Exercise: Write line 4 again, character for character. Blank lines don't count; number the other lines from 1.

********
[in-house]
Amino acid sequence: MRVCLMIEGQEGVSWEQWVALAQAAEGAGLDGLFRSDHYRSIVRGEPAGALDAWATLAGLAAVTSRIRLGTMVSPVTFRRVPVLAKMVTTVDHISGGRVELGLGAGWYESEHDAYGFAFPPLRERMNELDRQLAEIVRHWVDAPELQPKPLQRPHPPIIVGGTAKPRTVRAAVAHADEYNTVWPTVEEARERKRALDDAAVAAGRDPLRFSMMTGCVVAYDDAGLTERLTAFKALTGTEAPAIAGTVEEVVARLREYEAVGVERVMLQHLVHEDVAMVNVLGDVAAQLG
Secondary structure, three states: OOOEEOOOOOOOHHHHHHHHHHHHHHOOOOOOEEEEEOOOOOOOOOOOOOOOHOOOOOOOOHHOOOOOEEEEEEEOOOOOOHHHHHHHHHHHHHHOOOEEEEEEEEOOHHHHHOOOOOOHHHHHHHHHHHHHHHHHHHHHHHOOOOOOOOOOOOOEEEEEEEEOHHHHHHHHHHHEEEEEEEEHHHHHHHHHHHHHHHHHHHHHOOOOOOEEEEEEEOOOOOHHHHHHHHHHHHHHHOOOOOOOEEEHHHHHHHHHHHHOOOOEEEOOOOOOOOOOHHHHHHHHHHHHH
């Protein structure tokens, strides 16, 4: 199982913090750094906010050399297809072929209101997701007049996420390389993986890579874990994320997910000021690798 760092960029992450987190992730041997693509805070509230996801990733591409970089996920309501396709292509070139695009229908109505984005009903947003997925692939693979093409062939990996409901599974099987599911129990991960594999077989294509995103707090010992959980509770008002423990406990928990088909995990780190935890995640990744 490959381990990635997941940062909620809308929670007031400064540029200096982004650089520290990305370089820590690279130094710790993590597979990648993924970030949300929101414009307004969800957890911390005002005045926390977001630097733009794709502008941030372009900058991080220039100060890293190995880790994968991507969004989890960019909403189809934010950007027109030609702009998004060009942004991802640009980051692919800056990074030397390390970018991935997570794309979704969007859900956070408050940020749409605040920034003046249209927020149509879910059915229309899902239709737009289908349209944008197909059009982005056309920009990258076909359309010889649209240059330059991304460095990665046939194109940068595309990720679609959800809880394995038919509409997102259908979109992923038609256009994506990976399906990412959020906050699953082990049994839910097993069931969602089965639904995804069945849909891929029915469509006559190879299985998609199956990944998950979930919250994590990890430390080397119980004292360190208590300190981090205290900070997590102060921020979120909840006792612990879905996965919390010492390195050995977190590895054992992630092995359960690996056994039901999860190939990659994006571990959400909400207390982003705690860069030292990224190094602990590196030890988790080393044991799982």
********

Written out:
């Protein structure tokens, strides 16, 4: 199982913090750094906010050399297809072929209101997701007049996420390389993986890579874990994320997910000021690798 760092960029992450987190992730041997693509805070509230996801990733591409970089996920309501396709292509070139695009229908109505984005009903947003997925692939693979093409062939990996409901599974099987599911129990991960594999077989294509995103707090010992959980509770008002423990406990928990088909995990780190935890995640990744 490959381990990635997941940062909620809308929670007031400064540029200096982004650089520290990305370089820590690279130094710790993590597979990648993924970030949300929101414009307004969800957890911390005002005045926390977001630097733009794709502008941030372009900058991080220039100060890293190995880790994968991507969004989890960019909403189809934010950007027109030609702009998004060009942004991802640009980051692919800056990074030397390390970018991935997570794309979704969007859900956070408050940020749409605040920034003046249209927020149509879910059915229309899902239709737009289908349209944008197909059009982005056309920009990258076909359309010889649209240059330059991304460095990665046939194109940068595309990720679609959800809880394995038919509409997102259908979109992923038609256009994506990976399906990412959020906050699953082990049994839910097993069931969602089965639904995804069945849909891929029915469509006559190879299985998609199956990944998950979930919250994590990890430390080397119980004292360190208590300190981090205290900070997590102060921020979120909840006792612990879905996965919390010492390195050995977190590895054992992630092995359960690996056994039901999860190939990659994006571990959400909400207390982003705690860069030292990224190094602990590196030890988790080393044991799982």